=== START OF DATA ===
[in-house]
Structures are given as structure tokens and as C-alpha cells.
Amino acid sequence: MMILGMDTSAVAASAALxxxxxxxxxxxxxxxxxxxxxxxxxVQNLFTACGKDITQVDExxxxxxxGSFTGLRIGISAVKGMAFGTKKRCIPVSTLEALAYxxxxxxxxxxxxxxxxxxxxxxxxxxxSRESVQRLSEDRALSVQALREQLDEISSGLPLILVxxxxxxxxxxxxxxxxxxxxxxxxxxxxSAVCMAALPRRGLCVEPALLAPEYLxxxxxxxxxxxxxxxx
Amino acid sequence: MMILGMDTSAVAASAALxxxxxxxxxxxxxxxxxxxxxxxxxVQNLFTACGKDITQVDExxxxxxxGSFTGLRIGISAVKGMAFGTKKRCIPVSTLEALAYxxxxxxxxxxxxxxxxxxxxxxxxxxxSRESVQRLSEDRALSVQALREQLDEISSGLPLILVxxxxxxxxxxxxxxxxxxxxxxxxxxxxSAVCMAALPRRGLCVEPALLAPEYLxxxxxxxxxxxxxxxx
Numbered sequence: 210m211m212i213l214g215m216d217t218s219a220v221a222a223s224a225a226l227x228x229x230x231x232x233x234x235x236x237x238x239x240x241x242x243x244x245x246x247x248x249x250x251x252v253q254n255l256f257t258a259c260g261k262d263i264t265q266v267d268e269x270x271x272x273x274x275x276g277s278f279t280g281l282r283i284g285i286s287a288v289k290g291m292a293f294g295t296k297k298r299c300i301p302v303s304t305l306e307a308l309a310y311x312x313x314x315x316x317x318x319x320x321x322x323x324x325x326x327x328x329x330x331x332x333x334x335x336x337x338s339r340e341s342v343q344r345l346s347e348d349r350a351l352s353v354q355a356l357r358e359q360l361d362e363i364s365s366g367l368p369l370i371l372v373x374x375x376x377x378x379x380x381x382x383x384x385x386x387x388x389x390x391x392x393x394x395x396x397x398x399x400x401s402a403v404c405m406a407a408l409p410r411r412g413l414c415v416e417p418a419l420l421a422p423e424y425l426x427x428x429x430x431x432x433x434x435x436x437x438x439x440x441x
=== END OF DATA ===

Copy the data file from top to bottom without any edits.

[in-house]
Structures are given as structure tokens and as C-alpha cells.
Amino acid sequence: MMILGMDTSAVAASAALxxxxxxxxxxxxxxxxxxxxxxxxxVQNLFTACGKDITQVDExxxxxxxGSFTGLRIGISAVKGMAFGTKKRCIPVSTLEALAYxxxxxxxxxxxxxxxxxxxxxxxxxxxSRESVQRLSEDRALSVQALREQLDEISSGLPLILVxxxxxxxxxxxxxxxxxxxxxxxxxxxxSAVCMAALPRRGLCVEPALLAPEYLxxxxxxxxxxxxxxxx
Amino acid sequence: MMILGMDTSAVAASAALxxxxxxxxxxxxxxxxxxxxxxxxxVQNLFTACGKDITQVDExxxxxxxGSFTGLRIGISAVKGMAFGTKKRCIPVSTLEALAYxxxxxxxxxxxxxxxxxxxxxxxxxxxSRESVQRLSEDRALSVQALREQLDEISSGLPLILVxxxxxxxxxxxxxxxxxxxxxxxxxxxxSAVCMAALPRRGLCVEPALLAPEYLxxxxxxxxxxxxxxxx
Numbered sequence: 210m211m212i213l214g215m216d217t218s219a220v221a222a223s224a225a226l227x228x229x230x231x232x233x234x235x236x237x238x239x240x241x242x243x244x245x246x247x248x249x250x251x252v253q254n255l256f257t258a259c260g261k262d263i264t265q266v267d268e269x270x271x272x273x274x275x276g277s278f279t280g281l282r283i284g285i286s287a288v289k290g291m292a293f294g295t296k297k298r299c300i301p302v303s304t305l306e307a308l309a310y311x312x313x314x315x316x317x318x319x320x321x322x323x324x325x326x327x328x329x330x331x332x333x334x335x336x337x338s339r340e341s342v343q344r345l346s347e348d349r350a351l352s353v354q355a356l357r358e359q360l361d362e363i364s365s366g367l368p369l370i371l372v373x374x375x376x377x378x379x380x381x382x383x384x385x386x387x388x389x390x391x392x393x394x395x396x397x398x399x400x401s402a403v404c405m406a407a408l409p410r411r412g413l414c415v416e417p418a419l420l421a422p423e424y425l426x427x428x429x430x431x432x433x434x435x436x437x438x439x440x441x